Audra and Levi said... [reply]

I hate rude people! I went to the So You Think You Can Dance show and 15 min into the show and guy gets up with his daughter and he was smack in the middle of the row and stood strait up blocking the view of 4-5 rows. I gave them the benefit of the douby, maybe his daughter has to use the bathroom... nope... he came back with a HUGE drink... therefore 15 min after they scooted back in during the dancing (which I think they should have at least waiting until in-between numbers) they had to get up again because after the huge drink they THEN had a bathroom break. They got up and down 3 times before intermission and those tickets ain't cheap! So, AMEN sister... I agree! I hate show spoikers and seriously... the score of the game is not going to change whether you know about it RIGHT then or not!

april said... [reply]

being a mom of a blind kid, i just like to say he would totally enjoy a musical. he LOVES music. as he is also non-verbal and mentally delayed, i will add that i would remove him if he was making too much noise on the speaking (non-music) parts. generally the different atmosphere and microphone sound keeps him happy - unless of course he gets too happy, and then giggle fits ensue and he sometimes has to be removed. this has happened in sacrament on occasion and if whispering in his ear doesn't calm him, we take him in the hall. i was left totally helpless and unable to intervene in our recent ward primary program as i was the chorister and my husband was out in the hall with our two year old. we had manuevered his wheelchair up on the stand to be with other kids. might not have been the best move as i was forced to listen to him blow (very loud) raspberries during two of his classmates talks. easily removal would have been a better option. oh well!! he's twelve now, so don't have to worry about next year.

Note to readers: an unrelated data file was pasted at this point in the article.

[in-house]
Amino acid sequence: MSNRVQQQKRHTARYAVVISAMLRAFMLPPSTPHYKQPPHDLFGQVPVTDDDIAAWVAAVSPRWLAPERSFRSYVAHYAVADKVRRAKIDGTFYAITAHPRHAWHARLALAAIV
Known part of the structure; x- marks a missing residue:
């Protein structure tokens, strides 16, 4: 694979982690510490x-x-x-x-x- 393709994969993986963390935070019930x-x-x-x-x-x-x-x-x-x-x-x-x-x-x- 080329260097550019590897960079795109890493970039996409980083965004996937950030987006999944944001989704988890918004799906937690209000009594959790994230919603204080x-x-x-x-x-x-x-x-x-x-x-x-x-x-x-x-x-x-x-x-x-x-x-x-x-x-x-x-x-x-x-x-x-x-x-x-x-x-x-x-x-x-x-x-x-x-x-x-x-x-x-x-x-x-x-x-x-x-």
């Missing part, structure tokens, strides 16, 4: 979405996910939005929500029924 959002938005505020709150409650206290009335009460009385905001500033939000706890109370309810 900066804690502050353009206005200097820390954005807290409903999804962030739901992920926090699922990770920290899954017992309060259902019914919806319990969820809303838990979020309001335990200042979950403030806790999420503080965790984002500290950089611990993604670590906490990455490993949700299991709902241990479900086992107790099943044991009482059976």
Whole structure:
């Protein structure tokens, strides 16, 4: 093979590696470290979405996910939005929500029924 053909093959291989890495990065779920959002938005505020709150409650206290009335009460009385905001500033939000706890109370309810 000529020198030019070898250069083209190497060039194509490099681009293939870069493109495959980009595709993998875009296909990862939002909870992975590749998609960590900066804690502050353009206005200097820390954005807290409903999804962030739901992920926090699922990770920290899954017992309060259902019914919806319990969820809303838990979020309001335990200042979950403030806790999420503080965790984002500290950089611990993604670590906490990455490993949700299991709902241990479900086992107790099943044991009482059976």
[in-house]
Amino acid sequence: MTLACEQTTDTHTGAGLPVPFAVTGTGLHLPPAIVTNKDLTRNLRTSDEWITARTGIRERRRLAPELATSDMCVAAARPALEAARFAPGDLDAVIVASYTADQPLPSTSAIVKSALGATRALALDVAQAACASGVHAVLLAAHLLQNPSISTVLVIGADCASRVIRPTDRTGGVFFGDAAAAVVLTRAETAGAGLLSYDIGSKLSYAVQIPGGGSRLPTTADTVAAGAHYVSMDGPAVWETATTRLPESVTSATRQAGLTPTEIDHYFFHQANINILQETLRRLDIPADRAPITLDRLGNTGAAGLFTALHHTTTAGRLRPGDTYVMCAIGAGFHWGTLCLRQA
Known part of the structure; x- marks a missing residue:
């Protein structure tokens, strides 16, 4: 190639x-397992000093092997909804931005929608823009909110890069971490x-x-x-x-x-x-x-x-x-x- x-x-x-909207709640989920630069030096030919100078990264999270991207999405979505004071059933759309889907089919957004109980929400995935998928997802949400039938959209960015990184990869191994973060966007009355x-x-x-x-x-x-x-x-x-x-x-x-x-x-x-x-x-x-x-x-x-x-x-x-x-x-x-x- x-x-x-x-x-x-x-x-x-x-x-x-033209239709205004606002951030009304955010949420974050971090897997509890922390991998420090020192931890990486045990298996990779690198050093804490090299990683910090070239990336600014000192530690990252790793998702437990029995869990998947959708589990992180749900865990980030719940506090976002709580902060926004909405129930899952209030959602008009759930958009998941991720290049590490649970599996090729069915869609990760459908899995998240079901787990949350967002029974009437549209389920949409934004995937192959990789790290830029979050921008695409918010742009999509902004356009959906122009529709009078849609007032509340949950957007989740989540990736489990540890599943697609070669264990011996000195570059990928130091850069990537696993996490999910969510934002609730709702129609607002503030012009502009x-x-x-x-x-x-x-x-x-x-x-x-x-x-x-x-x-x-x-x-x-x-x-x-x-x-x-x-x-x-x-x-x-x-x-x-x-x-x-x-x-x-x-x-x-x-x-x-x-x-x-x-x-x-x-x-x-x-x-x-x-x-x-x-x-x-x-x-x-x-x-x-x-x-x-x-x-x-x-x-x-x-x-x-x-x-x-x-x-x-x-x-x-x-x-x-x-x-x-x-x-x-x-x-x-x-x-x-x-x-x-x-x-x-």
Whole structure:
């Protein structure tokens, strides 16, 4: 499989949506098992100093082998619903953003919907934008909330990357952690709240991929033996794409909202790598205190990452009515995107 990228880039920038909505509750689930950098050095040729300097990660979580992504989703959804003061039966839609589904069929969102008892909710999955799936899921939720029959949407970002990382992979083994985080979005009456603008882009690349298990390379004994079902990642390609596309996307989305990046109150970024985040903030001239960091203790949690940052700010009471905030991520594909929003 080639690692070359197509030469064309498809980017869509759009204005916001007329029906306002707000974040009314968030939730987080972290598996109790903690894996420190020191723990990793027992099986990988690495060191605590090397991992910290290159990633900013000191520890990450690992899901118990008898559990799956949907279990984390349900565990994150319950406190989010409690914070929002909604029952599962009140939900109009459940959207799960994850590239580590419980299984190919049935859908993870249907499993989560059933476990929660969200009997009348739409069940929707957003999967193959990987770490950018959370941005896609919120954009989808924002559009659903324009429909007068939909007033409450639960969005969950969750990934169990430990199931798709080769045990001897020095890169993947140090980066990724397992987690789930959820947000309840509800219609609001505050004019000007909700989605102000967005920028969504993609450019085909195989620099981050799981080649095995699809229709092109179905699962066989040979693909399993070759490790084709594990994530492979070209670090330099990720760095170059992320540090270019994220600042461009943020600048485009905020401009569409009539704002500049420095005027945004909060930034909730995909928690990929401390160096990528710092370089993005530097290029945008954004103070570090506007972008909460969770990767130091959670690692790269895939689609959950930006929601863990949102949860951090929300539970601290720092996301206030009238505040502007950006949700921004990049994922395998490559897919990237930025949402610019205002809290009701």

@audra - just like to say how jealous i am of the "so you think you can dance" concert. maybe i'll fork out the money next year. i would love to see it.

Audra and Levi said... [reply]

Not to hijack... sorry Nem... but April it is SO worth it! It is me and my sister-in-law's splurge every year. We go out to dinner and to the show and act like we have money ;)! Then we always wait and meet everyone afterwards like little teenagers. I got some pics on my blog... it is Good times! My SIL saved her "allowance" (they are on a tight budget right now) to go!

Science Teacher Mommy said... [reply]

Good times. I was one of those drama geeks. Thanks for spreading the love to another generation.

Nemesis said... [reply]

You know what, April? As soon as I published this post I thought, "You know, someone who knows a blind child is probably going to comment here and show just how ignorant I am." I'm glad it was you, and that you did it in such a nice way.

And is it wrong that I totally giggled at the thought of your son blowing raspberries during other kids' talks?

Nemesis said... [reply]

Ooookay, folks. I didn't want to have to do this, but there's a troll infestation that apparently must be dealt with.

If there are any of you out there who persist in visiting my blog and commenting even though every word out of my mouth clearly makes your eyes bleed, this is your invitation to stop putting yourself through that. Or you can at least stop commenting, because I'll be deleting your nasty words.

Disagreeing with me is one thing, showing up every day just to be nasty is another.

april said... [reply]

@nem - glad jake (my son) made you laugh; it's one of the things he does best: make people smile. when i wrote the raspberry bit i did see the humor in it, but at the time all i wanted to do was to be able to go up to him and try to quiet him. everyone in my ward was understanding too though; and trust me, everyone in my ward heard him.

@audra- i'll start saving (after christmas that is) for those SYTYCD tour tickets!

Related Posts Plugin for WordPress, Blogger...